J.M. Barrie’s Peter Pan has never been more relevant in explaining and understanding the lives of the Young Black Elite. In South Africa’s case, Peter Pan aka Kenny Kunene aptly fits the description of “the boy who never grew up”. Figuratively speaking of course. Right next to him is little Tinker bell aka Khanyi Mbau and these two individuals have been the unofficial figure heads of the Young Black Elite posse. The international and local media have been unyielding in exposing their opulent lifestyles and they are often portrayed as pleasure-seeking monsters with not a single care for those who are less fortunate or anyone else for that matter, as one is unwillingly blinded by their flamboyant display of wealth.
The small and exclusive island of Neverland – or Sandton, Melrose and the like – is where our Peter, Tink and their posse usually like to play. This is the fantasyland where everything is colourful, expensive and shiny. The money that could feed a small village is quickly spent on outrageous parties, impulsive shopping sprees and cars that scream: “I’m a rich b****!”. This type of behaviour would be expected from someone who had never known any level of wealth before as they would not be able to discipline themselves under the intoxication of excess money. But surely one doesn’t need all this excess? Where is the self-control?
It is true that if they lived a more modest lifestyle, then the local and international media would not find them newsworthy. So with that, the media then take bits and pieces of their social and personal lives and not only do they magnify them for everyone to see but they label these people as ‘gluttonous pigs’ or ‘attention-seeking leeches’. But this magnification is by no means a detached construction without some truth. With an emphasis on how carelessly they spend their money, it is not surprising that they are subjected to public antagonism in a country where poverty and hunger riddle the everyday lives of the vast majority. When asked by the media exactly why they conduct themselves in such a superficial manner, they defend themselves by saying that they should not have to explain themselves to the public or feel ashamed of how privileged they are.
They are right. However, the manner in which they ostentatiously flaunt their affluence regardless of who is watching is the part that sickens me the most. The truth is that they have deluded themselves, and those who aspire to be like them, into thinking that in this Neverland, the money will never run out and that never again do they have to worry about living within their means. Have any of them heard the phrase “never say never”? Clearly not!
They also say that their constant presence in the media (albeit problematic) serves to encourage others to live like them. They want to be the very symbols that ‘inspire the youth’. I feel inspired, all right.
Now how can our story be complete without the Lost Boys (or Girls) who absorb a large portion of what the media projects? Despite the negative representation by the media, this is the new generation of Young Black Elites that look to ‘Peter’ and ‘Tink’ for guidance in how they should live their lives. But there is perhaps something more disgusting than their leaders’ displays of luxury which makes the issue a whole lot scarier.
It’s common that this new generation is not first accustomed to the surroundings of a two-bedroom house or the dusty road of a rural area, but rather high walls with electric fences in a lush suburb with a full-time security guard who protects the lavish cars that are parked in the driveway. As they grow older, they are given the expensive private school education that many envy and dream of. But somewhere along the course of their lives, they seem to think that their private school education (or surname) will automatically open all the right doors to their extravagant futures and secure their places in this high position. The result is that they arrogantly and apathetically stumble through their lives just waiting for the golden key to unlock the expected riches. They no longer see the need to better themselves and work hard because daddy owns half of Joburg. The importance of struggle through hard work has now somehow vanished.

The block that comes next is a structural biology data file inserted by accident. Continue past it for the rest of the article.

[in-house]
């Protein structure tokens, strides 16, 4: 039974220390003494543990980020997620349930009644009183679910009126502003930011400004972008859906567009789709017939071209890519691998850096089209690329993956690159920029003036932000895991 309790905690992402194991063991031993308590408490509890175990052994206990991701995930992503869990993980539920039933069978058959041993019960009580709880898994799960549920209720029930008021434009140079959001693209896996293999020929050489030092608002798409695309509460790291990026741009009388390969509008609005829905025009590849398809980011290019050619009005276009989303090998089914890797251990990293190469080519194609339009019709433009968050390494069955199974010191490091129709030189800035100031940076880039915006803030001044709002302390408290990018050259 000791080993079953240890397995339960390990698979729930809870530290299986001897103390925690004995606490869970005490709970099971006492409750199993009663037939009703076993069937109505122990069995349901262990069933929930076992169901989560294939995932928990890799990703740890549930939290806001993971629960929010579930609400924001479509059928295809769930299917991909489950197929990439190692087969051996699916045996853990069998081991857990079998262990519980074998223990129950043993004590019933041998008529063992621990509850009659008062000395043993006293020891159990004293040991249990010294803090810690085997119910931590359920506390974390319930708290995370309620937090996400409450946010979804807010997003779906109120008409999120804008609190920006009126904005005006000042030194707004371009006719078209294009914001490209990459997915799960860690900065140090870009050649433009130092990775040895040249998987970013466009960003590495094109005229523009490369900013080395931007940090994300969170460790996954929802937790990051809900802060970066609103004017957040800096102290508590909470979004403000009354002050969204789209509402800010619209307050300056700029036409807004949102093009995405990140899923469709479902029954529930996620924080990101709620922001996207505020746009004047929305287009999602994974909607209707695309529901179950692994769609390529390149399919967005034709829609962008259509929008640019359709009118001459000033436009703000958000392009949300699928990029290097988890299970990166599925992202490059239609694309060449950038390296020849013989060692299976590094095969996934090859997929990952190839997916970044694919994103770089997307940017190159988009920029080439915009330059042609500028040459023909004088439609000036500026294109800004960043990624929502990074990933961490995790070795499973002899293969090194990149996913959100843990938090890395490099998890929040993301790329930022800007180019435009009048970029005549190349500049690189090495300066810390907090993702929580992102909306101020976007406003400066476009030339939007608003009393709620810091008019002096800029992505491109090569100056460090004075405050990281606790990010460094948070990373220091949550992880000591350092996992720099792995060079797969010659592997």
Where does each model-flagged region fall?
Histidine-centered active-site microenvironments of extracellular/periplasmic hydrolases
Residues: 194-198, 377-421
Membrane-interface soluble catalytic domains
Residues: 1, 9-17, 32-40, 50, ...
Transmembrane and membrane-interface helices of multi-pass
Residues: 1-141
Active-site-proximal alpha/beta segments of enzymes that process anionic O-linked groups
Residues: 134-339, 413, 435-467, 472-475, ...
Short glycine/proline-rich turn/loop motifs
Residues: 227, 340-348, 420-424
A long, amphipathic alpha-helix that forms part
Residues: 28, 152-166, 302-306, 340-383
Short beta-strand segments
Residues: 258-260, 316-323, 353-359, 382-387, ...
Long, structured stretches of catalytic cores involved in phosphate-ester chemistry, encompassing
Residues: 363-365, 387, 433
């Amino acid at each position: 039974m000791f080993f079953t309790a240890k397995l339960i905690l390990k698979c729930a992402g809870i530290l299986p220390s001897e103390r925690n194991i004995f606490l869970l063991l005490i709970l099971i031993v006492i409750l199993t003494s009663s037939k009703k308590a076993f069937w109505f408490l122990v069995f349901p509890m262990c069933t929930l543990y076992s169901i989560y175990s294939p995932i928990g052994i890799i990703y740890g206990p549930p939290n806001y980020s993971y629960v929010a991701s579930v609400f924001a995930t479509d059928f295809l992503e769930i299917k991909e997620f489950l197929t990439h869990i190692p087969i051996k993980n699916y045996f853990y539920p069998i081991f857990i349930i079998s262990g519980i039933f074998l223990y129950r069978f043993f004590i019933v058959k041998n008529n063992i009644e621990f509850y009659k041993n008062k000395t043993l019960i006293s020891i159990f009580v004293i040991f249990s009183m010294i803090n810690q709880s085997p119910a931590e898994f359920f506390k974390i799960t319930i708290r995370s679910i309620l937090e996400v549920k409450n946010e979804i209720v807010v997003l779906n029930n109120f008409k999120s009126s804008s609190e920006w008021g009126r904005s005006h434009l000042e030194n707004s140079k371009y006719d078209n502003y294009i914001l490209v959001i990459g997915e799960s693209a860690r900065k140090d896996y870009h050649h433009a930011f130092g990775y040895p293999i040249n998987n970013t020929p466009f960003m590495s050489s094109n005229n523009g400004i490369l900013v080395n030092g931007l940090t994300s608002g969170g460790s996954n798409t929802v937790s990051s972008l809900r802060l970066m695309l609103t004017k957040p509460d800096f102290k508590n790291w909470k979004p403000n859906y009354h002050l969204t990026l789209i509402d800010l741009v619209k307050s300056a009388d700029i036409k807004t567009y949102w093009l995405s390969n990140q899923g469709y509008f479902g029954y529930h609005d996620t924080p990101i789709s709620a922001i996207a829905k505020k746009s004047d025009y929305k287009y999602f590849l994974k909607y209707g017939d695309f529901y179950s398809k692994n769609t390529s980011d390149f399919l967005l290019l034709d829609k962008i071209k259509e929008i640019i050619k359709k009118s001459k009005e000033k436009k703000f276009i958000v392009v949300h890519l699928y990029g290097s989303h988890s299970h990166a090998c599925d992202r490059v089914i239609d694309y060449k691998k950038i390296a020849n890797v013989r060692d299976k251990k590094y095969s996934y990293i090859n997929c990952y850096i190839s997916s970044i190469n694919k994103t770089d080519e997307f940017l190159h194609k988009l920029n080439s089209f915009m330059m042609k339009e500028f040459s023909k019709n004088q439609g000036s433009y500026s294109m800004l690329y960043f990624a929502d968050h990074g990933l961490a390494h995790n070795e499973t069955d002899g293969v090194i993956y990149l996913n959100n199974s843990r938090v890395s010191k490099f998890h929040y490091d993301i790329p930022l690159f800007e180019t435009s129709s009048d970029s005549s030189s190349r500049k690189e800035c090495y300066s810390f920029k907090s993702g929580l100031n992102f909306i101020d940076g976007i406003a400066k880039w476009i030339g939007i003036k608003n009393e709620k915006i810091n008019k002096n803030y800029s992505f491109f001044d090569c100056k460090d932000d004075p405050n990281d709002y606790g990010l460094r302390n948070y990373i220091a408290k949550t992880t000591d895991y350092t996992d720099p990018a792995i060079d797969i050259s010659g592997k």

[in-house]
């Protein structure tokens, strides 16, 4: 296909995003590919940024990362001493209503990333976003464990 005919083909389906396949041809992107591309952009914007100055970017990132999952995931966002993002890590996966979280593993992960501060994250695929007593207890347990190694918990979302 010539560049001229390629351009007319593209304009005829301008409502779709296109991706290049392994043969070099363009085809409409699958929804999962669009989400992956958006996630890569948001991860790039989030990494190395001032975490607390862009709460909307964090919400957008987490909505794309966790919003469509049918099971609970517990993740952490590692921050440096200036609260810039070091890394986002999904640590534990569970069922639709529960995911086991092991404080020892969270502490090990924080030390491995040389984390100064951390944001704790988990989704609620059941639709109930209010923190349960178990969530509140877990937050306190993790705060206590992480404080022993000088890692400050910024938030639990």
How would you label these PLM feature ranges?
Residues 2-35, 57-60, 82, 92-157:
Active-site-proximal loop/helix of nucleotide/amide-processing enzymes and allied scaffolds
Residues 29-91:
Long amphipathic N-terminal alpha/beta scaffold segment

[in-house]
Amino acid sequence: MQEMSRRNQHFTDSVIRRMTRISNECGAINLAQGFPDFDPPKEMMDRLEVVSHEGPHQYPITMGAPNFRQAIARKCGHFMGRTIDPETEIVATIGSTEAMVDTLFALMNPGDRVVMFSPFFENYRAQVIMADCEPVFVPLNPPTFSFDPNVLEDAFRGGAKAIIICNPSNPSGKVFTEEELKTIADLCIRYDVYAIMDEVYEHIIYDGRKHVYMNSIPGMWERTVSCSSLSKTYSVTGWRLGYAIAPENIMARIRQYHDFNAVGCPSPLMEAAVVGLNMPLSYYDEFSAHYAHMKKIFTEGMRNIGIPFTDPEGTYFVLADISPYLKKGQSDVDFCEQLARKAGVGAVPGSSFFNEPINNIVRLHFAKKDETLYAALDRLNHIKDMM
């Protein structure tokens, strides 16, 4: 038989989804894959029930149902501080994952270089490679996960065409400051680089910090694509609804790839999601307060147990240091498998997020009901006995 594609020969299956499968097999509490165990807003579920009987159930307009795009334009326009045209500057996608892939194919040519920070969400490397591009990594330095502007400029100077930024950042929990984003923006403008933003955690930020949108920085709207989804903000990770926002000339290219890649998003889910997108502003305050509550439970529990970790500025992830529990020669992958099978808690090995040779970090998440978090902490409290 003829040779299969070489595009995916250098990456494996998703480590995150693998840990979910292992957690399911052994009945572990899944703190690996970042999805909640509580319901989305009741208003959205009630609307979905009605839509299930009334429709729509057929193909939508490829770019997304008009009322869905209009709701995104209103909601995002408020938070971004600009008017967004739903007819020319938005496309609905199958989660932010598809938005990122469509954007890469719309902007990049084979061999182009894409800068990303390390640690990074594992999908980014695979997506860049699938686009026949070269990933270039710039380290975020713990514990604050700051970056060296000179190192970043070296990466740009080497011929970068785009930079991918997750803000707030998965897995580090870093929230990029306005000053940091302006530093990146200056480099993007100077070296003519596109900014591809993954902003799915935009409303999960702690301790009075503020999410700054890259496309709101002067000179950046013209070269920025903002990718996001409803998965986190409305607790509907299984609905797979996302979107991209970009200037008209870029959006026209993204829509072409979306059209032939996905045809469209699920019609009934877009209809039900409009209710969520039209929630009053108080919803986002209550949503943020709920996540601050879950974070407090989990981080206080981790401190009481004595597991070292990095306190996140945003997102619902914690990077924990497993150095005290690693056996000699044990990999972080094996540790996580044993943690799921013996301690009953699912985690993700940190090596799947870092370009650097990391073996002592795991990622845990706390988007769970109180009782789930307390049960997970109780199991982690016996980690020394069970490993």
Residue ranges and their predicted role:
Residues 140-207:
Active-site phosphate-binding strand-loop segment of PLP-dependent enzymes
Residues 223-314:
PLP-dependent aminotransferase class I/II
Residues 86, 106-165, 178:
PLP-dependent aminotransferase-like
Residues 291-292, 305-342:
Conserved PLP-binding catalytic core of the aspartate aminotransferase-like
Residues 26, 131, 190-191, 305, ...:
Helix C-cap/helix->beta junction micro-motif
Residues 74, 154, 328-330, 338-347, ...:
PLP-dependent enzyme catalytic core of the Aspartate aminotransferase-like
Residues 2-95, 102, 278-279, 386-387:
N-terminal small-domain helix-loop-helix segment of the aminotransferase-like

I too was fortunate enough to have this expensive private school education and my family is somewhat well-off. From an early age I learnt the value of honest hard work if I ever wanted to achieve something and I felt the sweet satisfaction when all my efforts eventually paid off. Unlike some of my peers I didn’t come from a family that ‘owned’ a large portion of a particular province or city. But I get rather annoyed or in some cases angry when I encounter a self-indulgent and carefree ‘trust fund baby’, not because I’m jealous of the considerable wealth that they casually spend but because they cannot see how fortunate they are. I cannot fathom the level of indifference of a young individual that has been blessed with incredible resources and unashamedly chooses to exhaust them instead of preserving them.
I am not saying that every young person who was born into wealth or was afforded a brilliant education is lazy, selfish and spoiled. Nor am I saying that they/we now have the duty to be the next great humanitarian. But we must ask ourselves what legacy we want to leave? How are we going to use the opportunities that we have been given to ensure that our futures, as well as the futures of our children, are secure? I know that the Young Black Elite are (Hook)ed on the path of “live fast – die young”, but I sincerely hope that they do not spend the rest of their days Finding Neverland.
Nelisa Ngcobo is a first year student in Media Studies at the University of the Witwatersrand. Her article entitled “The Young Black Elite” received a special mention in the recent exPress imPress blogging competition.